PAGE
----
ROSS HOWEY, For the Independent
Wellesley and area firefighters took advantage of some extra training this past weekend, courtesy of Draeger, a manufacturer of training and firefighting equipment.
It can normally cost a municipality up to $6,000 to outfit a single firefighter in their protective clothing, also known as “bunker gear.” It costs that much more to train volunteer firefighters, especially considering some of the advanced training tools that are required for proper firefighter training.
To help provide this vital training to those who otherwise wouldn’t have the opportunity, the Wellesley Township Fire Department along with Draeger, put on a low-cost training opportunity for local departments this past weekend. Over the past week, 12 instructors from the Wellesley Township Fire Department worked to learn the equipment and techniques so that they could help teach the more than 64 firefighters training on the systems on Saturday and Sunday.
Chief Andrew Lillico of the Wellesley Township Fire Department said he was very thankful for the large time commitment local firefighters made, both in learning the systems themselves and training others. Lillico also pointed out how lucky Wellesley was to host the training, as only four fire departments across Canada are chosen each year to host this training by Draeger. Draeger brought in its own experts to help train the instructors for the event including a flashover expert, Rich Graeber. Flashovers are a deadly scenario for firefighters in which the entire contents of a room reach their ignition point and flames engulf the room, potentially killing the firefighter. There are small telltale signs that can help to alert a firefighter to a flashover and Graeber, along with a flashover simulator, gave firefighters the tools they need so that they can escape with their lives. The flashover simulator, a specialized trailer the size of a shipping container, was just one of the pieces of equipment that Draeger brought to help train these volunteer firefighters.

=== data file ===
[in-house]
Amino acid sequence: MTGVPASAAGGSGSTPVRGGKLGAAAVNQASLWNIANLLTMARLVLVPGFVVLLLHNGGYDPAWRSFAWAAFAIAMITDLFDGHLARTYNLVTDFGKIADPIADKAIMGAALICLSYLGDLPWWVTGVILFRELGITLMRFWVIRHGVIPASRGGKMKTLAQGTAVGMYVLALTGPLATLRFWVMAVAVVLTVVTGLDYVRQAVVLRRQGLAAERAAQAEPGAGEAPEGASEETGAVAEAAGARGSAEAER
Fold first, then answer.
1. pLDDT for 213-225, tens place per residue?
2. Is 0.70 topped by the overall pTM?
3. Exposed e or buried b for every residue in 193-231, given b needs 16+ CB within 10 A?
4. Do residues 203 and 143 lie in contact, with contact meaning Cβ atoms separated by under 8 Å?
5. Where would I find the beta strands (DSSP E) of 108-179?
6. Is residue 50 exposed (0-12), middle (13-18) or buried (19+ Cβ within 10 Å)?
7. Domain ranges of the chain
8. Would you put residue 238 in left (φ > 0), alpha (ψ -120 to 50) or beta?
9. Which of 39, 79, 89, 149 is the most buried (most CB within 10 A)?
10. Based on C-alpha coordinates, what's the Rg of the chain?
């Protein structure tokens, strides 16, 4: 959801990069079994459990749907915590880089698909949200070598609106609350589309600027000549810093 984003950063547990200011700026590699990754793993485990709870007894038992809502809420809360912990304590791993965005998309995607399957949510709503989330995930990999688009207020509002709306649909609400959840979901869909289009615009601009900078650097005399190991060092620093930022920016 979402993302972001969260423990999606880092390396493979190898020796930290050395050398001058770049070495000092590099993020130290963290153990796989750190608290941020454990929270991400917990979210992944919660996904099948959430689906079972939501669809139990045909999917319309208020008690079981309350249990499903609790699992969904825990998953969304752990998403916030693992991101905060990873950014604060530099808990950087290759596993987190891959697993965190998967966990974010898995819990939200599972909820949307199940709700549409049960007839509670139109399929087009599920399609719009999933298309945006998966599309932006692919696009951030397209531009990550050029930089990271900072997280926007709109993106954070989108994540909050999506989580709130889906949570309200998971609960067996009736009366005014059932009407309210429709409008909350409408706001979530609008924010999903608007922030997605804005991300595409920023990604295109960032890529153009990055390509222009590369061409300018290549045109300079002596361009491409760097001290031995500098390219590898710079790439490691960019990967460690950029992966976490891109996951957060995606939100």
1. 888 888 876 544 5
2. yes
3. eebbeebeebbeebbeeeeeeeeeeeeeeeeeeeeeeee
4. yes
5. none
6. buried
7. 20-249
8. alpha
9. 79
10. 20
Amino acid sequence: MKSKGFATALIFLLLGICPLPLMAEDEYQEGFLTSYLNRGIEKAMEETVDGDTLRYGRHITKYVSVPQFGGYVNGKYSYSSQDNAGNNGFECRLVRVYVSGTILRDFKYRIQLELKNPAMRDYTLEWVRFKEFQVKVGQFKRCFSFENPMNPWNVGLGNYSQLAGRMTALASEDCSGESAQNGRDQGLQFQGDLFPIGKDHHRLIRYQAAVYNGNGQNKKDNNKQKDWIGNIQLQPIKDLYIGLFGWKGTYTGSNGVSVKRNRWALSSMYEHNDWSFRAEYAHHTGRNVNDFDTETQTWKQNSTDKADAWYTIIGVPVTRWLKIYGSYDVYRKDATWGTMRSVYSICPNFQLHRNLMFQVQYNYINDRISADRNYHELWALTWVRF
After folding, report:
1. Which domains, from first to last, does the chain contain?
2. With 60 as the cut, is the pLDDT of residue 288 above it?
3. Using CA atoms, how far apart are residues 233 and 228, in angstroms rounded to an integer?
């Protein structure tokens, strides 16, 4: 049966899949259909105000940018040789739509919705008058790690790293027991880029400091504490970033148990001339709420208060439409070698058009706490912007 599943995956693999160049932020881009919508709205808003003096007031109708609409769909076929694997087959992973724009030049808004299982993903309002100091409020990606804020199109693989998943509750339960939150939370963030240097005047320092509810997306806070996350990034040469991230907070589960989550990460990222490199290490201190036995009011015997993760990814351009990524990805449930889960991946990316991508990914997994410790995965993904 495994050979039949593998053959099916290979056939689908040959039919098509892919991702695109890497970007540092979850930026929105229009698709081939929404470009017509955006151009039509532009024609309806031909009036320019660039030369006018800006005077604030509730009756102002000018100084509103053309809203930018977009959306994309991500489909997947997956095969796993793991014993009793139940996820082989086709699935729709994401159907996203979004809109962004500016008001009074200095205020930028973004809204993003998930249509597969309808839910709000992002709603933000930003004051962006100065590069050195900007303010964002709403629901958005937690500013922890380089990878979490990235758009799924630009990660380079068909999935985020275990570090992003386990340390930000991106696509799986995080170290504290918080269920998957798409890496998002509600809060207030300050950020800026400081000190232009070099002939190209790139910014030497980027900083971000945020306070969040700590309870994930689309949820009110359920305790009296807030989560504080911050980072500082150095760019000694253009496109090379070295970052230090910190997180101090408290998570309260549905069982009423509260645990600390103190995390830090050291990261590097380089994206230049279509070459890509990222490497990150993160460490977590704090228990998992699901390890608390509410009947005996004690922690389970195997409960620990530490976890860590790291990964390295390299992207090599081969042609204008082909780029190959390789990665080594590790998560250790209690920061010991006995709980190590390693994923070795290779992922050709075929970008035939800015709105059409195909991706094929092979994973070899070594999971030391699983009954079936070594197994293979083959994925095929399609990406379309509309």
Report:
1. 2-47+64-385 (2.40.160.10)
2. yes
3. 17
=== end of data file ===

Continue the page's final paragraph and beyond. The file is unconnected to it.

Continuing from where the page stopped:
System 64 is an electronically controlled propane tank fire simulator that demonstrates what it is like if a propane tank catches fire and allows firefighters to train on how to put out such a fire. There was a similar setup for a barbecue fire that featured different fire extinguishers so that the firefighters could see the different techniques available for dealing with such a situation.
One of the more complex simulators was the D-Pod, a trailer with steel tubes large enough for a firefighter to crawl through that are filled with a thick, but nontoxic smoke. This piece of equipment is used to simulate what it is like to rescue an injured or incapacitated fellow firefighter in a confined space. Firefighters must reposition their colleague’s harness and drag the firefighter, along with all of the equipment, through the maze of tunnels to safety.
This is not an easy task under any circumstances and this training simulator aims to make it as difficult as possible. After burning through more than 1,000 gallons of propane and 70 sheets of plywood, Lillico said he hoped that these 64 firefighters from as far away as East Perth and the 12 instructors will be better prepared when it comes to facing dangerous situations in the line of duty.